Two Ed Tech Guys Take Questions and Share Cool Stuff
This is a weekly webinar that I co-host with Rushton Hurley. Like the title says, we take questions about all things ed tech and share some cool things that we've found. Register here to join us this Friday at 1pm ET/ 10am PT. Find all previous installments in the series here.

Disclosure: I have a long-standing, in-kind relationship with Common Craft. 

Sunday, May 24, 2020

Updated - How to Use EDpuzzle to Create Video Lessons

In my previous post I wrote about and included a video about adding timestamps to longer videos that you post on your YouTube channel. Rather than just talk about it, I took my own advice and added timestamps to one of my longest and most popular videos of the last few months. That video is a complete overview of how to use EDpuzzle to create video lessons without having to create your own videos. I've included timestamps in the description of the video so that you can jump directly to different sections of it.

Included in this video:
- How to create an account 0:12
- How to create a classroom via Google Classroom. 0:43
- How to make lessons with videos you've found online. 1:56
- How to make lessons with videos you've created. 4:44
- How to post the lesson for your students. 9:34
- How students can access and respond to your lessons. 11:00
- How to view student responses. 13:06
- How to create an EDpuzzle class without Google Classroom. 13:50
- How to upload your own video to EDpuzzle. 15:37

How to Timestamp Your YouTube Videos

When you're publishing videos that are longer than five or six minutes on your YouTube channel it can be helpful to viewers to add some timestamps to the video's description. Including timestamps in the description lets your viewers click to jump to an exact mark in the video. There are a couple of ways that you can do this and they're both easy to do. In the following video I demonstrate how add timestamps to the videos that you post on YouTube.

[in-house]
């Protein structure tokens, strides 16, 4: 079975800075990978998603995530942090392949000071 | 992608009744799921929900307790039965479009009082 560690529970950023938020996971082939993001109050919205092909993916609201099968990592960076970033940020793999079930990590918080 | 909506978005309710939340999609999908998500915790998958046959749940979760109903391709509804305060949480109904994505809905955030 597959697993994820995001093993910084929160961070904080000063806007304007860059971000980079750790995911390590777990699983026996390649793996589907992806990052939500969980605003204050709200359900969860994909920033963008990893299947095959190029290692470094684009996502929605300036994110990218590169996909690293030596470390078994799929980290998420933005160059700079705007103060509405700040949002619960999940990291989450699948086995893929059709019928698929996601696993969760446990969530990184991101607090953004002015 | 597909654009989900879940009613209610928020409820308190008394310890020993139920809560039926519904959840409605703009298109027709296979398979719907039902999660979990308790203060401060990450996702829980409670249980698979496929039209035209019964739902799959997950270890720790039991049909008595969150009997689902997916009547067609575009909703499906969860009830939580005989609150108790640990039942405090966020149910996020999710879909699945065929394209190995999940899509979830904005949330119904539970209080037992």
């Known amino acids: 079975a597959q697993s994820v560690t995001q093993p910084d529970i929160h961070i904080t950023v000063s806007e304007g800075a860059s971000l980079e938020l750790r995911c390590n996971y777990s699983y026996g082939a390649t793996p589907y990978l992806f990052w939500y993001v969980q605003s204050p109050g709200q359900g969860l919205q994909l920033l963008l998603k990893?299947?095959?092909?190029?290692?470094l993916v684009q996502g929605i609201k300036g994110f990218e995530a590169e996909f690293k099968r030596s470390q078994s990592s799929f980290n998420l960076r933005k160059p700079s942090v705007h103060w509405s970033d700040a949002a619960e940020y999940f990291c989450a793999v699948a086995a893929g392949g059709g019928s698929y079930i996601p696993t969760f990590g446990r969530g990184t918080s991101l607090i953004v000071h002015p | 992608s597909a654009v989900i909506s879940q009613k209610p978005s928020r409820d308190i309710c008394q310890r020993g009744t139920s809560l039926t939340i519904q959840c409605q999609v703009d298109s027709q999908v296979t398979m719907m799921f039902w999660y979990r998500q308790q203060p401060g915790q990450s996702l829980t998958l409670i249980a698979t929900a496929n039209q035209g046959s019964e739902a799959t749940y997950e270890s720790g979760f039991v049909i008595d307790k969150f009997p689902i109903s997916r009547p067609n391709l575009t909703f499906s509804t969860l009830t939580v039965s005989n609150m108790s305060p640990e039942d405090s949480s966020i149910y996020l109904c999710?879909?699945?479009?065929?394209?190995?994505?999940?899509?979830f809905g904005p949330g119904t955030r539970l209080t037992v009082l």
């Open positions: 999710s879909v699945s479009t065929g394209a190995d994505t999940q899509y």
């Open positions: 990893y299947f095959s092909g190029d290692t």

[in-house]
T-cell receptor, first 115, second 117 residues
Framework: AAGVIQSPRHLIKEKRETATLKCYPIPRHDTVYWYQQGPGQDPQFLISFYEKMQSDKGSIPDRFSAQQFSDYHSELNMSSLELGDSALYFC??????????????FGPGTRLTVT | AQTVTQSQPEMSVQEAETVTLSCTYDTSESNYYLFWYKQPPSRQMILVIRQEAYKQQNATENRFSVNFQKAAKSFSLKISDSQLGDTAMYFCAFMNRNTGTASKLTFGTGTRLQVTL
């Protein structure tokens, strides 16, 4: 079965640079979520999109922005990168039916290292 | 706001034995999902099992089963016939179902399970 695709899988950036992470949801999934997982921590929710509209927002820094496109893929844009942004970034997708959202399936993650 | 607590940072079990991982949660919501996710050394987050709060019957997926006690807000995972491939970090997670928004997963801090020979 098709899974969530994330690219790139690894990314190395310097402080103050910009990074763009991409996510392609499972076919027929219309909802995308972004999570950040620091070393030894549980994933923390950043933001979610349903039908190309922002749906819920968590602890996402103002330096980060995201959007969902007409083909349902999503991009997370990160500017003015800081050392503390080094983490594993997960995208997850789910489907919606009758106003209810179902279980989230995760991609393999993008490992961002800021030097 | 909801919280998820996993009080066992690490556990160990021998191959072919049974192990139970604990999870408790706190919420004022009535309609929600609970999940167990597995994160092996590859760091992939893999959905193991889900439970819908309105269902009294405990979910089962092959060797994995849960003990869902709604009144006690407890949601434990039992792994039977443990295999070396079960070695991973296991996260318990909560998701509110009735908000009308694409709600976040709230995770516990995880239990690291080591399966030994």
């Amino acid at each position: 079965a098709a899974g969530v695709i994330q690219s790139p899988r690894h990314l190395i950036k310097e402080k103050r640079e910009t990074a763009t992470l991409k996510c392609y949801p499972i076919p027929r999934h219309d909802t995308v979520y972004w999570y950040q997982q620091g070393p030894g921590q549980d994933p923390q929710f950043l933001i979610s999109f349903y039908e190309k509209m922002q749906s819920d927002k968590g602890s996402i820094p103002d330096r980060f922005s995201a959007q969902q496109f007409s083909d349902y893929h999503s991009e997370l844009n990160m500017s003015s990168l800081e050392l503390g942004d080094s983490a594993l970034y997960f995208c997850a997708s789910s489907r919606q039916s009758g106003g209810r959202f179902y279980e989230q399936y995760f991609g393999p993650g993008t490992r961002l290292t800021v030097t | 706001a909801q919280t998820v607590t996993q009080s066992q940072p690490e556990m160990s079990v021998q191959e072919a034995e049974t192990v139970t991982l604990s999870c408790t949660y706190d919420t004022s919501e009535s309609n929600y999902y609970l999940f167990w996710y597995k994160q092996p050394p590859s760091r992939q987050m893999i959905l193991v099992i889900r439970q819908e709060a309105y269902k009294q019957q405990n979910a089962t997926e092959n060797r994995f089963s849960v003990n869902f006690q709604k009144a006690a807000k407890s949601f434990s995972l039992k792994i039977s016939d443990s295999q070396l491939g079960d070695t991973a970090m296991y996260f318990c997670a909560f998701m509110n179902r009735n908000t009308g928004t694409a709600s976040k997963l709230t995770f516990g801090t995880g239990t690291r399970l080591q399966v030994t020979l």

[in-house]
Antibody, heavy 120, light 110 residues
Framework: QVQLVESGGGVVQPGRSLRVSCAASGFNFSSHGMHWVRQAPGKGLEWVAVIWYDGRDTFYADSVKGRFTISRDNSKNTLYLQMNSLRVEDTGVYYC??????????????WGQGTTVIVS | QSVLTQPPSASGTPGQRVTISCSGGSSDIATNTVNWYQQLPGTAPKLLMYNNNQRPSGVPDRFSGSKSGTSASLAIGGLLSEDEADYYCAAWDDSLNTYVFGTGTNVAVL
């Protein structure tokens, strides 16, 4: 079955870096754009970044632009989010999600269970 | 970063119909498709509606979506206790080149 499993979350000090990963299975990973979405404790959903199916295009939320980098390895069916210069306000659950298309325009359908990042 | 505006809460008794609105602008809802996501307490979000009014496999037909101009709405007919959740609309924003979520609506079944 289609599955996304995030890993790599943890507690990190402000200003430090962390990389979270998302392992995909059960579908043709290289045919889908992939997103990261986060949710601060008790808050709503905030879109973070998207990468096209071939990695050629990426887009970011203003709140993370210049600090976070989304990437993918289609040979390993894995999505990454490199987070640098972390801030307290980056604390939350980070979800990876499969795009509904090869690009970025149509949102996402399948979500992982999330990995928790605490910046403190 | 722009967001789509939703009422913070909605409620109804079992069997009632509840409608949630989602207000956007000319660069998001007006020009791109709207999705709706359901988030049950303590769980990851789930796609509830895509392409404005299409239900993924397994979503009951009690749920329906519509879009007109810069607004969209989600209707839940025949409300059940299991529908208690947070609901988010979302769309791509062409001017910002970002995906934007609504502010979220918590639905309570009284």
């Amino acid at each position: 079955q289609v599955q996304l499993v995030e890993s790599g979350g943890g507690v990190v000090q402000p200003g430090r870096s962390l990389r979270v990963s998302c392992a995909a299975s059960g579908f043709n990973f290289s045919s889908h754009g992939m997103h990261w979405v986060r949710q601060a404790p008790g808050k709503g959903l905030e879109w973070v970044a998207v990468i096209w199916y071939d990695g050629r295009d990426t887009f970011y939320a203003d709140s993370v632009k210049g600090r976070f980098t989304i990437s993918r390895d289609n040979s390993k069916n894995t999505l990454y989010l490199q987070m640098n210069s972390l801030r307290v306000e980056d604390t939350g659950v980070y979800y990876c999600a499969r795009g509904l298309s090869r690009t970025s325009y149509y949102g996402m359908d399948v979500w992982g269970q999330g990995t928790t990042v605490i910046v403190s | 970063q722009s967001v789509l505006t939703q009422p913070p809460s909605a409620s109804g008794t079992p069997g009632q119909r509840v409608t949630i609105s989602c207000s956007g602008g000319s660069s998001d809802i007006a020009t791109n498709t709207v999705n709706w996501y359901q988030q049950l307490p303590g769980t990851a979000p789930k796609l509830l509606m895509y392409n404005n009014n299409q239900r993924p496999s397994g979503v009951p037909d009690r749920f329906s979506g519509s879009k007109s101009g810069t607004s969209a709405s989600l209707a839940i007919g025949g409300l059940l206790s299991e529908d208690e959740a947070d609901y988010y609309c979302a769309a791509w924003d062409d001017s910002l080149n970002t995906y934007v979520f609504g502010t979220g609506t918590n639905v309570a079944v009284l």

Applications for Education
I generally don't recommend making instructional videos for kids longer than about ten minutes at the most. But if you do or if you've recorded something like a livestream of a review session, adding timestamps can be beneficial to students. For example, let's say that you hosted a YouTube Live session in which you reviewed the American Revolution and answered questions from students. When you go to post the recording of that session, add some timestamps so that students can then jump to sections that address their questions.

Saturday, May 23, 2020

How to Search for Matching & Similar Documents Submitted in Google Classroom

Earlier this week a reader asked me if there was a way to quickly scan across all of the documents his students submit in Google Classroom to check for elements of copying between students. Fortunately, there is a way to do this but you the function is found in Google Drive instead of in Google Classroom. To do this you simply have to conduct a search in your Google Drive. In the following video I demonstrate how this works.

Applications for Education
Google Classroom has an originality reports function that you can use to check your students' submitted writing for elements of plagiarism. However, it does have some limitations. First, unless you have G Suite Enterprise for Education (the paid version of G Suite for Edu) you can only use originality reports on three assignments. The other limitation is that originality reports only checks against publicly available documents and websites.